LESSONS IN LEADERSHIP -- In my INFOSEC Shop we have few rules, but the ones we have are iron clad: (1.) No F.U.D., ever; (2.) if you don't have a business driver, then it's a Science Fair Project and we don't do that; (3.) if you can't take the time to refine your requirements, we have a problem; (4.) everyone in the INFOSEC team is a customer service professional first, if the CISO can go to an employees desk to answer questions, you better believe you can too. Our customer service mindset is a non-negotiable condition of employment, if you can't live it, you won't be happy here, and I want my folks happy here. It's no secret that I have a military background. Some would say that that has a downside in the Corporate Boardroom, I'm not sure that I agree. It teaches you how to lead people, NOT manage people. You can manage resources: budget; widgets; time but not people. People are smart, they will allow themselves to be lead, by a leader that they respect. If they don't respect you, they will fight you, passive aggressive behaviors will set in and then comes entropy. As a leader, you cannot be the sheepdog with your people, you need to be the wolf. If you have people that cannot be motivated, you need to cull the heard or the other people will notice and know that you are weak and tolerant of non-performers. Every non-performer makes the workload of each performer that much harder. Tolerating sub-par performance creates a poor work environment for your team. Remember why, you, the leader were hired, to deliver RESULTS, not to molly coddle under achievers. Granted, there is probably a seat for everyone at the great banquet table that is any large Corporation, let the under achievers migrate to, say, the HR Department?
REAL WORLD SOA APPLICATION SECURITY -- PART ONE: gain and maintain, vendor control. "...The stories you are about to hear are true, the names have been changed to protect the innocent..." What do I mean by, "...gain and maintain, vendor control?..". It's a take off of the sales guy mantra, "...gain and maintain, customer control...". I once sold Encyclopedia's for a living (after watching, "Glengary, Glenross", I just had to experience this mindset on my own). People who make their paycheck, selling you stuff are a unique category of life form, we classify them as human, but this, in retrospect, may be a mistake. When we started down this path with our main "...two second advantage..." vendor, they put their hearts and souls into a valiant attempt to "...gain and maintain, customer control...". When they finally realized that WE had turned the tables, and "...gained vendor control....", the look on their faces told me that we had crushed their very souls. Oh well. They aren't paying me, my current employer is paying me, to deliver. The crying, hand wringing, and actual screaming by the vendor employees was impressive. At the end of a meeting on Information Security Planning, one of the lead vendor System Engineers stayed behind, closed the door and told me (while screaming), "...I hate you, I hate working with you, I hate every breath I have to take on this project...", he was quite animated and quite serious. He actualy looked releived when Security walked him off the property that day, the stress of having to actualy deliver and NOT dictate to the customer was more than he could bear. The primary vendor's issue was that, "...no one does security like that!...", oh, well we are going to do it that way, "...we do security for Banks for crying out loud and even they don't want this much security...", oh, well I came from two of the worlds largest financial services institutions and sadly for YOU, I refuse to recreate the mistakes I saw there! In the end, the CIO and CTO backed my play with the purse strings and off we went. (After briefing the CIO and CTO this week on progress with the Global User Provisioning Project (based on Oracle's IDM stack, more on this later), they were ecstatic, INFOSEC that delivers key business functionality is a new dynamic in the Board Room, bundle that with zero tolerance for F.U.D. and people get kinda jiggy about INFOSEC, it warms the cockles of my cold dark heart). Sadly (for them)[my vendor], our approach to SOA and Web Services Security (right out of the OWASP and OASIS-OPEN playbooks) slowly began to gain traction, and surprisingly, that tired old horse, actually waddled over to the trough and began to drink. Over the last two years, we've made dramatic strides to the point where we had a nice, relaxing lunch meeting with that Vendor, and a few other big dogs in the Identity Mgmt space and our primary vendor offered, on their own dime, to code up a XACML PeP to live in their JAVA Message Bus. No doubt, they have big plans for selling this to other customers, no doubt they will forget all about that quiet afternoon long lunch, but in the end, it's all about business requirements and results.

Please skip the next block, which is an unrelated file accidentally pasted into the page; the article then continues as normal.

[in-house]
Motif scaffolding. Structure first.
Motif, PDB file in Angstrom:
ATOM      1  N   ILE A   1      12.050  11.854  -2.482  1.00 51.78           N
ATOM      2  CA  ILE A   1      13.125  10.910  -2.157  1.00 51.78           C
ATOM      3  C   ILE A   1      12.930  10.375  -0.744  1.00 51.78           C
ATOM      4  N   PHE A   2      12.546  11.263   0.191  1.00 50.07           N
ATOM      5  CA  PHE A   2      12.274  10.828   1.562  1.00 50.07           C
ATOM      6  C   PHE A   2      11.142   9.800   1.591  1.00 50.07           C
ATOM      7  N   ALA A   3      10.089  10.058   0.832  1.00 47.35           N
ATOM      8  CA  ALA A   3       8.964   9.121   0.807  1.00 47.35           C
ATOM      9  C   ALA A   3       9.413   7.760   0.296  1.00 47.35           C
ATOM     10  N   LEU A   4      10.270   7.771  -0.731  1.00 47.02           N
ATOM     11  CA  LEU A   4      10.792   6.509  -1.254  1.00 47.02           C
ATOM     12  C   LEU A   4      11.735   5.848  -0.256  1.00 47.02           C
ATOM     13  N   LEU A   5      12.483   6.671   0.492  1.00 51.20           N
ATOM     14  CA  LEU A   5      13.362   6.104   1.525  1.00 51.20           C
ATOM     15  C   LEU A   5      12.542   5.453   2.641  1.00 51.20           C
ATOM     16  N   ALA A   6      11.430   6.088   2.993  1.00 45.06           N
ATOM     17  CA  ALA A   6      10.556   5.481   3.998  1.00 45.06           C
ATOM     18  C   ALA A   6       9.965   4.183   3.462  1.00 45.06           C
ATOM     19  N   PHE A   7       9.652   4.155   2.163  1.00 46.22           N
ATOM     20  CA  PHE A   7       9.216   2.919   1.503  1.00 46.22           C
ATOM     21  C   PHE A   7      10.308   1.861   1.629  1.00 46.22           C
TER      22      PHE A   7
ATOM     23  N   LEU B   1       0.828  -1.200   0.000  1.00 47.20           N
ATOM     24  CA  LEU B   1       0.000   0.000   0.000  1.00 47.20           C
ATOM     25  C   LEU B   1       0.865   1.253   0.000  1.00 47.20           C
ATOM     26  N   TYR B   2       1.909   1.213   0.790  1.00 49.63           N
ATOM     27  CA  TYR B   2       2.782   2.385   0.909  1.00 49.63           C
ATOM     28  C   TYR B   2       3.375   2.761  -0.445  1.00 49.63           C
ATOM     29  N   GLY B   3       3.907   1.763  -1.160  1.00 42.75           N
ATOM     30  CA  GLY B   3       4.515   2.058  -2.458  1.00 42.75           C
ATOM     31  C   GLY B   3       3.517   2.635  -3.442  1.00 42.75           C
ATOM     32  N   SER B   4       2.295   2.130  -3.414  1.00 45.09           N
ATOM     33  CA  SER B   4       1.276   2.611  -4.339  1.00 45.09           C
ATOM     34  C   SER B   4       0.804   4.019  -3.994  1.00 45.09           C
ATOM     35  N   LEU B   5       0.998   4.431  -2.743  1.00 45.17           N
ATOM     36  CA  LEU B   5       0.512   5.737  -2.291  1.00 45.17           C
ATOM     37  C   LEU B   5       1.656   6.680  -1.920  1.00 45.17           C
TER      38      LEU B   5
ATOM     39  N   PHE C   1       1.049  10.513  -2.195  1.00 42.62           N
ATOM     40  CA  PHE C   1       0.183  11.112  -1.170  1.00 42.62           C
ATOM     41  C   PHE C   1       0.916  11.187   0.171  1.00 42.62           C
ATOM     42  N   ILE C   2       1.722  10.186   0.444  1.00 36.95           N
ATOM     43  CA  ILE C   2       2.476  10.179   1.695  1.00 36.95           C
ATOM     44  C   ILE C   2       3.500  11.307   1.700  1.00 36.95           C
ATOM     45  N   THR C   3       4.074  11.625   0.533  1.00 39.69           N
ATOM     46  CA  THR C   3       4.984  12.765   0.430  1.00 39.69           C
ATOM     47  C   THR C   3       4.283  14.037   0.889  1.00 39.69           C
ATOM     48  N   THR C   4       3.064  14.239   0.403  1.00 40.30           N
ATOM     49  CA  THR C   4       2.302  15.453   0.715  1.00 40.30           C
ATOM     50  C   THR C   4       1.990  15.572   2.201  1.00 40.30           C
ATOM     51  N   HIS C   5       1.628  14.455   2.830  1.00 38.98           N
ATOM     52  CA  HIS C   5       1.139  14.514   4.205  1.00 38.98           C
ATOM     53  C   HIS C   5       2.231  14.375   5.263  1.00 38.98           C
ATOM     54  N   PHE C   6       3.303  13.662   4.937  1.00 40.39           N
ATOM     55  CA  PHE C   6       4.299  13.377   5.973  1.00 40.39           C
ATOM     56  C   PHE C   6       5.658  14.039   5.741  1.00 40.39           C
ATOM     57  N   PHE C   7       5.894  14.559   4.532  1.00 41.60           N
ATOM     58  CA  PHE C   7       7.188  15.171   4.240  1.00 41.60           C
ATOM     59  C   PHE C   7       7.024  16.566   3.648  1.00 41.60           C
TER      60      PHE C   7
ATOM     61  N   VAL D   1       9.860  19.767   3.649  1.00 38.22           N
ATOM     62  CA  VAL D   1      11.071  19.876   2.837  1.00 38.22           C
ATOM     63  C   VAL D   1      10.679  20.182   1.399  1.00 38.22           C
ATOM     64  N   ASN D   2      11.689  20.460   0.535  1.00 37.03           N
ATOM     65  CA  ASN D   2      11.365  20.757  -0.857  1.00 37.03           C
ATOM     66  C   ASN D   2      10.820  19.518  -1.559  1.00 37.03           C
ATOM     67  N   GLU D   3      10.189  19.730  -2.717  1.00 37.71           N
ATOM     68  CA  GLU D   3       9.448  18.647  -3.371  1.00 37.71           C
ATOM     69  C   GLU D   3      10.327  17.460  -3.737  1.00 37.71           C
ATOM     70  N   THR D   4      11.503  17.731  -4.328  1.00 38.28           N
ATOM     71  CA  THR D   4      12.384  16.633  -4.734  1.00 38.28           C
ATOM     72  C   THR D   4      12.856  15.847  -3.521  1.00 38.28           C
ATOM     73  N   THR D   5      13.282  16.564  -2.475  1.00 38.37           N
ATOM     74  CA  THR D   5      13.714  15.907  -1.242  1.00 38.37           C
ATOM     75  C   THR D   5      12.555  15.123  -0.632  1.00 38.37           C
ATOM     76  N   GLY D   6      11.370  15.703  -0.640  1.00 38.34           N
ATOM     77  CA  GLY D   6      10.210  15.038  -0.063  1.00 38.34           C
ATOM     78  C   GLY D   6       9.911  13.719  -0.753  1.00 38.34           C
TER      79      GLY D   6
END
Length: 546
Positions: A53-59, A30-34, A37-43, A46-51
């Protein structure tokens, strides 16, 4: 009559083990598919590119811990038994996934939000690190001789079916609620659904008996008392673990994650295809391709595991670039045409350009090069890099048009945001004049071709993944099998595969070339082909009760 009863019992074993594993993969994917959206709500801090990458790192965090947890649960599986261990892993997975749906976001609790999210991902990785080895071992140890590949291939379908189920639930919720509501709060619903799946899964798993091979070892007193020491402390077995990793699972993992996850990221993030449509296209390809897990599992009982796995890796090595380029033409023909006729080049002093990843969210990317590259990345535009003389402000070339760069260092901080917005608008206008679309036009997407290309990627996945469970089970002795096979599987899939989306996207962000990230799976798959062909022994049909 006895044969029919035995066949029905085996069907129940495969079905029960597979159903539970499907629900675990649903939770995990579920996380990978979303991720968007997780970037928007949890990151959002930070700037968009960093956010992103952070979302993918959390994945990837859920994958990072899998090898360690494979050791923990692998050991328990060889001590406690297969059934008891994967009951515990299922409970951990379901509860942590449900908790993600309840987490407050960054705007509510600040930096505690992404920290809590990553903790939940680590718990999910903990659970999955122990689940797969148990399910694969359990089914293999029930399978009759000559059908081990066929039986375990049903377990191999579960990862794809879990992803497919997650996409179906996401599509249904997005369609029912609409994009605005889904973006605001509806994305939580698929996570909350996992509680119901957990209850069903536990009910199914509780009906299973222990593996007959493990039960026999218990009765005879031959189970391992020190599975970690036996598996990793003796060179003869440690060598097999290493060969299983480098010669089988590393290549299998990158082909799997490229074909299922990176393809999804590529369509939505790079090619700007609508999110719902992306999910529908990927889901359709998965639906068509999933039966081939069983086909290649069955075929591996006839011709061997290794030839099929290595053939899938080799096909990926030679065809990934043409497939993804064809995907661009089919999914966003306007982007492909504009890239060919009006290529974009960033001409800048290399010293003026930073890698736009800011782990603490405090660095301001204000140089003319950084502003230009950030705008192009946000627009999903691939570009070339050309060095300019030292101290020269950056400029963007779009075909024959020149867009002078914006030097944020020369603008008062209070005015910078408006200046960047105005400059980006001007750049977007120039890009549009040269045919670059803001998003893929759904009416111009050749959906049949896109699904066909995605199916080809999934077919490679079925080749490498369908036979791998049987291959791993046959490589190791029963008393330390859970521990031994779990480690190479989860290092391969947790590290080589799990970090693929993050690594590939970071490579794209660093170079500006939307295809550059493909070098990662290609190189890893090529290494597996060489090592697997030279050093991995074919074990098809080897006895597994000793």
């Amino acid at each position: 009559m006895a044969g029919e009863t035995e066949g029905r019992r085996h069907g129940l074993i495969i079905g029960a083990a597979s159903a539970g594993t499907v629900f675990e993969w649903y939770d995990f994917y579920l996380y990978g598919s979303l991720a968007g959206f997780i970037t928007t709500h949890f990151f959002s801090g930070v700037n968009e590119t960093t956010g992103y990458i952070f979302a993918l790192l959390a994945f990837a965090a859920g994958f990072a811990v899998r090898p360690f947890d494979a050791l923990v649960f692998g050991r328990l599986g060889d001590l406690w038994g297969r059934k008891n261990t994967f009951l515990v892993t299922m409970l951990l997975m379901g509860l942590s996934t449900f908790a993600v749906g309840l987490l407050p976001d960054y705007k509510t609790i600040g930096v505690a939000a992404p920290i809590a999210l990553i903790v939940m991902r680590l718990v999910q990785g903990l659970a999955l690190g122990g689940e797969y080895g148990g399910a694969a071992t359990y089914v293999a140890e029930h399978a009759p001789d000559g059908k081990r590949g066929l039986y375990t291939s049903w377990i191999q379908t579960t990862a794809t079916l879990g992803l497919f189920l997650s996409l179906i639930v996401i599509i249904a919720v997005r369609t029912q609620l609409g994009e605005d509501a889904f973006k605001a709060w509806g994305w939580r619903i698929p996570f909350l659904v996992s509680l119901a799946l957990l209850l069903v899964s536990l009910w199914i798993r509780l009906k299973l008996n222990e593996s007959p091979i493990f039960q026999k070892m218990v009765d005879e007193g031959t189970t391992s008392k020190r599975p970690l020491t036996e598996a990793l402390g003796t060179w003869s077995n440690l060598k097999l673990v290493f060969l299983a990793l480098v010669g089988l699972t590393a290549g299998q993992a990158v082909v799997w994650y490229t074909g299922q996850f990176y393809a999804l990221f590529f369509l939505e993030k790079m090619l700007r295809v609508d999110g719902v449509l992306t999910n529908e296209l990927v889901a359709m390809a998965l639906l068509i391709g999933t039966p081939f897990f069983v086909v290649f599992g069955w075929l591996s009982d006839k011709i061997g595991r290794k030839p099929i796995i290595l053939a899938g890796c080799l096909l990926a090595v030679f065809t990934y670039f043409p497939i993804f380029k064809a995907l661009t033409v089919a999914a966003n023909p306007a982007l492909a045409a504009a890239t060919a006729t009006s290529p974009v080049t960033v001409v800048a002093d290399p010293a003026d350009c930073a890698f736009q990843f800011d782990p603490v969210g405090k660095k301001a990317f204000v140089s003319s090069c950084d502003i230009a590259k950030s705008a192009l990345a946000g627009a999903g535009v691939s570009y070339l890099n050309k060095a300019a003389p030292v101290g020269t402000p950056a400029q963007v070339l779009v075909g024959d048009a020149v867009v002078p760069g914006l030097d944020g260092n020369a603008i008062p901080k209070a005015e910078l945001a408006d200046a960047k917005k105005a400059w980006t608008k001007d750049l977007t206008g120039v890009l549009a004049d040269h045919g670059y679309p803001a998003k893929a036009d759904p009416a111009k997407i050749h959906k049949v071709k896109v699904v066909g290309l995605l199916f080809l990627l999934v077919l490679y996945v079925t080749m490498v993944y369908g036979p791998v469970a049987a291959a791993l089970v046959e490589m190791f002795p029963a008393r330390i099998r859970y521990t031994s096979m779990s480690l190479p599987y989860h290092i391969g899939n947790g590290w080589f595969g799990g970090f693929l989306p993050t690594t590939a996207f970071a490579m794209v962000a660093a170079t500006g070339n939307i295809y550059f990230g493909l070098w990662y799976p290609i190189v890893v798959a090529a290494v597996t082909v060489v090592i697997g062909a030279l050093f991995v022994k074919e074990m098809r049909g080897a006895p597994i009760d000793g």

THE HR DEPARTMENT DILEMA -- There is always a dichotomy to all things Human Resources. There is what we think the HR Department is there for, and what the HR Department is really there for. Not to mention the wise old Warrant Officer truism, "...there are always three sides to every story: yours; mine; and the cold, hard, inconvenient truth. Our Company, though it's been around now for over seventy years now, has not taken the HR functions particularly seriously. PII data protection aside, we've always been pretty loosey goosey about employee data. This is manageable though. The real problems come from beauracracy for the sake of beauracracy. The Harvard Business review's number one reason that employees leave their current employer. Human nature is so, sadly predictable by those of us with children. If you don't get what you want by asking Mommy, go ask Daddy. Why is it that the folks that inhabit the dark cabal of the HR Department, forget these basic tenets of human nature when they walk through the doors in the morning, on the way to the coffee machine? As an International Company, our propensity to foster the "...absentee Manager..." dynamic, just exacerbates the problems, like David Bowie so aptly put it, "...it's like putting out a fire, .... with gasoline...". Our INFOSEC team is hard at work doing a XACML implementation in our home grown SOA Services, ERP/CRM system. They are learning alot and making daily break through's. But they are not alone, like most business's today, we form matrix'd teams that are task organized, coming together for projects or chunks of projects. And, if you are the absentee Manager of one of these matrix'd teams, and your on site, front line leaders are working on their loaner brains (well, the cat IS away...). How do you hold folks feet to the fire? How do you (parents, cover your children's ears please) keep folks RESPONSIBLE for their tasks? Not an easy task...because, when you do...they run to the HR Department and file a compliant. Yes, (insert big sigh here), the minions don't really like working for a living, so they file a complaint with the HR Department, and the HR folks, run to the kitchen to search for a bigger spoon with which to lap up the complaints. What can I say? After explaining to the HR folks that since the complainer, actually sat in a daily meeting for thirty days, I naturally assumed that they clearly understood their role, deliverable's and responsibilities in the project. Imagine my surprise after being told that this was NOT the case, and that since I thought that it WAS the case, I needed "...sensitivity training..."? This is not a joke... Needless to say, I will be a wee bit "...HR prickly..." for a while, but, IT in general is a thankless business. If you can't pat yourself on the back and like it, you need another job.